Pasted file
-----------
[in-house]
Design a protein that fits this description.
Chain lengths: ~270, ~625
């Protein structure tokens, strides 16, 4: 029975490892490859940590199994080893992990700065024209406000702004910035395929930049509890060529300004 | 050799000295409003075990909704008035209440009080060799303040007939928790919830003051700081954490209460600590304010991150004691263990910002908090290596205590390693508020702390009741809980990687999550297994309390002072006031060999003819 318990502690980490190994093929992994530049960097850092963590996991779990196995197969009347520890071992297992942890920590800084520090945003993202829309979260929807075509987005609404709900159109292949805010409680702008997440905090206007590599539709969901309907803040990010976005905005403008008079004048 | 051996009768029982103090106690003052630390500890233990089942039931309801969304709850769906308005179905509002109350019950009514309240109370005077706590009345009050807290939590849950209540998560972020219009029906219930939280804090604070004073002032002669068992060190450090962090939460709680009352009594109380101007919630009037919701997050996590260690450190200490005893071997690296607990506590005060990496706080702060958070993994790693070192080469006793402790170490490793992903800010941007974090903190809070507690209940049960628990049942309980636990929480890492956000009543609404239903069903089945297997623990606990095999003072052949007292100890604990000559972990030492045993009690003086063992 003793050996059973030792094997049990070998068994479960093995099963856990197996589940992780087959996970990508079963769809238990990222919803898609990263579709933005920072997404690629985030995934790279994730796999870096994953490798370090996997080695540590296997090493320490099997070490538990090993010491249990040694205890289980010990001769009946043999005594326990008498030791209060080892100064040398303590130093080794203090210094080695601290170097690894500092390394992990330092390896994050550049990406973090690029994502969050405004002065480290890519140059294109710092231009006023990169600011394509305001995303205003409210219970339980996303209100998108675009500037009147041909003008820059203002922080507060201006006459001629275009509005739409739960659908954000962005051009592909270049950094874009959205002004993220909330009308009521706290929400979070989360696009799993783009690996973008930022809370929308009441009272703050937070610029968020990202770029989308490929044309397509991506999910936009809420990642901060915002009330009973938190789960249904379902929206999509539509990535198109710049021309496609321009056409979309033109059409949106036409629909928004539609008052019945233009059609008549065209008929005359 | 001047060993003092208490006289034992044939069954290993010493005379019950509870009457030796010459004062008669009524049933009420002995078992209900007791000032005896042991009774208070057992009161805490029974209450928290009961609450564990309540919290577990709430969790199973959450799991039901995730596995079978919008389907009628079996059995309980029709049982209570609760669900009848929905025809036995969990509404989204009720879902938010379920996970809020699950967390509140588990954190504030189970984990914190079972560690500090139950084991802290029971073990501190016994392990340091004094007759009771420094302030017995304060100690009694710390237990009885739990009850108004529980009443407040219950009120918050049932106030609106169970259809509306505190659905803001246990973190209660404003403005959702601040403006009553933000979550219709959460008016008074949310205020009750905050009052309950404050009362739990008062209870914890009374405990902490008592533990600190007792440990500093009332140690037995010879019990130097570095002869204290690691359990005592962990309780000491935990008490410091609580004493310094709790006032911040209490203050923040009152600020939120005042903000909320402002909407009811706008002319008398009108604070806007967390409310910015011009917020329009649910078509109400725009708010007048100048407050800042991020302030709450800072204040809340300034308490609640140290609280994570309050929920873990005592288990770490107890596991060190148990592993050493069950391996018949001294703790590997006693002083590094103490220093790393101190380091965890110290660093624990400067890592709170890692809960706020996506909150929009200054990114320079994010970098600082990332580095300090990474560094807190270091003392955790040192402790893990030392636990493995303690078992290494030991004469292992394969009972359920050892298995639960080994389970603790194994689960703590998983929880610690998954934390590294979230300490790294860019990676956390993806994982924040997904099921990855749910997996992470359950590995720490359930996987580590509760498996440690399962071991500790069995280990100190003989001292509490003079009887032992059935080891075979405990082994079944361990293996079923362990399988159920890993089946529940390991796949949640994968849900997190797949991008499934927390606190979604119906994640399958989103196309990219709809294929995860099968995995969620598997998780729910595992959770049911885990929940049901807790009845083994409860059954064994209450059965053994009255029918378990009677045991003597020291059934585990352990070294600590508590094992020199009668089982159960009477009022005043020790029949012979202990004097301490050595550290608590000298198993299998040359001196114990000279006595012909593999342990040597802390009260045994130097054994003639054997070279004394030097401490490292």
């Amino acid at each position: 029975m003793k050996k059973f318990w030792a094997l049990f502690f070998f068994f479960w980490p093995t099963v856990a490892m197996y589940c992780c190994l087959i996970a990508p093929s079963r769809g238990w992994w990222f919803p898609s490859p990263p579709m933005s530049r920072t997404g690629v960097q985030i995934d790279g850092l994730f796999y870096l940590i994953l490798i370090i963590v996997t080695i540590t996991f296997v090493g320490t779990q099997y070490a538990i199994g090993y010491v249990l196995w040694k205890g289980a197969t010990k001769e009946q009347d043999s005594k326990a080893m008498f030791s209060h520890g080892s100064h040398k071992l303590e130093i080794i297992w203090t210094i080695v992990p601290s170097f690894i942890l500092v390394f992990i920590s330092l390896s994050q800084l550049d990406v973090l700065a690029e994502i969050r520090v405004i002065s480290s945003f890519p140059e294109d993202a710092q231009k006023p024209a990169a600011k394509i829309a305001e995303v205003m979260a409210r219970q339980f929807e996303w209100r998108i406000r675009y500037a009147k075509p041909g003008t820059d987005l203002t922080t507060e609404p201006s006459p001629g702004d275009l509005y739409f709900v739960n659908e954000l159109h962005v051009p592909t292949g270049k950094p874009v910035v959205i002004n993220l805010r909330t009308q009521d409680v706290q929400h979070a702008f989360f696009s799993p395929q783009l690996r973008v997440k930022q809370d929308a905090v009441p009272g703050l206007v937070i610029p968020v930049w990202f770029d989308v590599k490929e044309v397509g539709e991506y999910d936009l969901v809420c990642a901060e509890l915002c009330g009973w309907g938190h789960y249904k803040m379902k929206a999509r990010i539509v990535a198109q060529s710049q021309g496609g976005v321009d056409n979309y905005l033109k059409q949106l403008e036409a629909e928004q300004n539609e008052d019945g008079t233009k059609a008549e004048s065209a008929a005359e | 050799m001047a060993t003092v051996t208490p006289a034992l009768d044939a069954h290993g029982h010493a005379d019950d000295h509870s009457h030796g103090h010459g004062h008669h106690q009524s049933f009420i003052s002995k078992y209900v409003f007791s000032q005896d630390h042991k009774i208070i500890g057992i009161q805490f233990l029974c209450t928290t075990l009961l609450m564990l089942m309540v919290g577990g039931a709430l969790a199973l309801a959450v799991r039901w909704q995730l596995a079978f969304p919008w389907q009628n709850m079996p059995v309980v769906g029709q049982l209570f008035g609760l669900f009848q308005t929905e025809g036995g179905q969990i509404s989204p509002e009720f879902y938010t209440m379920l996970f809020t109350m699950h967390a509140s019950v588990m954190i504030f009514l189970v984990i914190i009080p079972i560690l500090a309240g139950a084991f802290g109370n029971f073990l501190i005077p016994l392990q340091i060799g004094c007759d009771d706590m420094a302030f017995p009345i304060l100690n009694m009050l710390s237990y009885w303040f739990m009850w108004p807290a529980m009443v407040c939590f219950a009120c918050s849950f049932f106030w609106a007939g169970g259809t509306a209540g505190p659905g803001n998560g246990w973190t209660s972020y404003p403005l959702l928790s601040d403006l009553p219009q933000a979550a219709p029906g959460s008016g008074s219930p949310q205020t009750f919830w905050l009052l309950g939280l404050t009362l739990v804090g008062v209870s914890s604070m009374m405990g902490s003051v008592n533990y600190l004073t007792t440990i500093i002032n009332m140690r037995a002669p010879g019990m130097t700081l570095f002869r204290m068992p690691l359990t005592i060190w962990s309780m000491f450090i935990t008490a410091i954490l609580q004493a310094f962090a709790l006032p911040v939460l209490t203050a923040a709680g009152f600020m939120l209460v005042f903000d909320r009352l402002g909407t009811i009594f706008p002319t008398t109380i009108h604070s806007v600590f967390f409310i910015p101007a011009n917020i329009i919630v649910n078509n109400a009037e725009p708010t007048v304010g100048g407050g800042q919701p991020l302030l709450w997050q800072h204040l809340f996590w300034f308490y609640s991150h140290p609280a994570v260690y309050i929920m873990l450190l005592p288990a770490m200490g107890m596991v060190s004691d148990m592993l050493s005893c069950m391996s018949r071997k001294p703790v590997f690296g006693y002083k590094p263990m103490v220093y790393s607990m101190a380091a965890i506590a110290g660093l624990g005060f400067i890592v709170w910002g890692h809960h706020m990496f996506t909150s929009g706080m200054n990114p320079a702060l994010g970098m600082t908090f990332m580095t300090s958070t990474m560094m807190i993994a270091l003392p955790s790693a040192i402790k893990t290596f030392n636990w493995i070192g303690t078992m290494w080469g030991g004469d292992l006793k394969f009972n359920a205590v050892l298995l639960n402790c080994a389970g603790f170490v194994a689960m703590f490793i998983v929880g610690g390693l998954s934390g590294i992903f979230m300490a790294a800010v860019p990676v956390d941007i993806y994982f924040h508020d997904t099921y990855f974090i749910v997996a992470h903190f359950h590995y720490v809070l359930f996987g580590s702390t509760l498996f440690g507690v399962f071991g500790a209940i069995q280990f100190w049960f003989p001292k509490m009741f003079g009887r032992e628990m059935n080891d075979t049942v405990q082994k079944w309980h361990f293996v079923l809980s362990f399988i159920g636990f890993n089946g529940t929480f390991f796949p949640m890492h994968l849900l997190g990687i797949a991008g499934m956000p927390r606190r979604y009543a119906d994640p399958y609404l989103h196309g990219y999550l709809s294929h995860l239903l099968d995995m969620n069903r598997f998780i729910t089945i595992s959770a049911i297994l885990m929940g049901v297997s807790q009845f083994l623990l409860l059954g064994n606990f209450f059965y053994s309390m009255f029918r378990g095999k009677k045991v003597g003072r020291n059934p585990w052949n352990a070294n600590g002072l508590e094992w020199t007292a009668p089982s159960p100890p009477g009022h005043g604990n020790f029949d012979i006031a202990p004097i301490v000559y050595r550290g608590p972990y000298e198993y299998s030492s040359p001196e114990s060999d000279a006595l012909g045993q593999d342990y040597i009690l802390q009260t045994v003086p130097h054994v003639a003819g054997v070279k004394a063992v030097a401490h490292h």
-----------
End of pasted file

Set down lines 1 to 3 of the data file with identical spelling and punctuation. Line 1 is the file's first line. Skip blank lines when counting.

[in-house]
Design a protein that fits this description.
Chain lengths: ~270, ~625